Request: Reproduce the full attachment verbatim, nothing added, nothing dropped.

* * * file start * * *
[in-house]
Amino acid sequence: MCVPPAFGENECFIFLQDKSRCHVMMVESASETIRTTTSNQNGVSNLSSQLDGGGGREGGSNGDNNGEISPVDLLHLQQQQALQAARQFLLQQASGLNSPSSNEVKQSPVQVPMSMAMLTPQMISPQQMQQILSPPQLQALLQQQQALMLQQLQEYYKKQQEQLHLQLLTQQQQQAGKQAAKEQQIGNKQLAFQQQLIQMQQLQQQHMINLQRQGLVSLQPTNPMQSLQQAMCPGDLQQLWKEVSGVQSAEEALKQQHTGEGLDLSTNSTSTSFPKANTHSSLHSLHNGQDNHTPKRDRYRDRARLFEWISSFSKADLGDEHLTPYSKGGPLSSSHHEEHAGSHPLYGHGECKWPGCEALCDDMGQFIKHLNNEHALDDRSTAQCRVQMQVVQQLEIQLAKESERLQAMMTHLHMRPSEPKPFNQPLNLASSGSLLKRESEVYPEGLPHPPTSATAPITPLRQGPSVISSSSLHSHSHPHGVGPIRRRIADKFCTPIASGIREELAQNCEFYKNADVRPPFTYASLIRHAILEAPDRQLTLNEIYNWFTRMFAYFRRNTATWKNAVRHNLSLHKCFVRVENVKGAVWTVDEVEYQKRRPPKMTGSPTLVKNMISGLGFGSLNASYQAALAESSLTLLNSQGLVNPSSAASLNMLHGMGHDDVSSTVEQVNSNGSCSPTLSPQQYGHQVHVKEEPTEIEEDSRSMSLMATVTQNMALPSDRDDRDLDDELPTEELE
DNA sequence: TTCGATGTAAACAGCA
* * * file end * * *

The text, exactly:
[in-house]
Amino acid sequence: MCVPPAFGENECFIFLQDKSRCHVMMVESASETIRTTTSNQNGVSNLSSQLDGGGGREGGSNGDNNGEISPVDLLHLQQQQALQAARQFLLQQASGLNSPSSNEVKQSPVQVPMSMAMLTPQMISPQQMQQILSPPQLQALLQQQQALMLQQLQEYYKKQQEQLHLQLLTQQQQQAGKQAAKEQQIGNKQLAFQQQLIQMQQLQQQHMINLQRQGLVSLQPTNPMQSLQQAMCPGDLQQLWKEVSGVQSAEEALKQQHTGEGLDLSTNSTSTSFPKANTHSSLHSLHNGQDNHTPKRDRYRDRARLFEWISSFSKADLGDEHLTPYSKGGPLSSSHHEEHAGSHPLYGHGECKWPGCEALCDDMGQFIKHLNNEHALDDRSTAQCRVQMQVVQQLEIQLAKESERLQAMMTHLHMRPSEPKPFNQPLNLASSGSLLKRESEVYPEGLPHPPTSATAPITPLRQGPSVISSSSLHSHSHPHGVGPIRRRIADKFCTPIASGIREELAQNCEFYKNADVRPPFTYASLIRHAILEAPDRQLTLNEIYNWFTRMFAYFRRNTATWKNAVRHNLSLHKCFVRVENVKGAVWTVDEVEYQKRRPPKMTGSPTLVKNMISGLGFGSLNASYQAALAESSLTLLNSQGLVNPSSAASLNMLHGMGHDDVSSTVEQVNSNGSCSPTLSPQQYGHQVHVKEEPTEIEEDSRSMSLMATVTQNMALPSDRDDRDLDDELPTEELE
DNA sequence: TTCGATGTAAACAGCA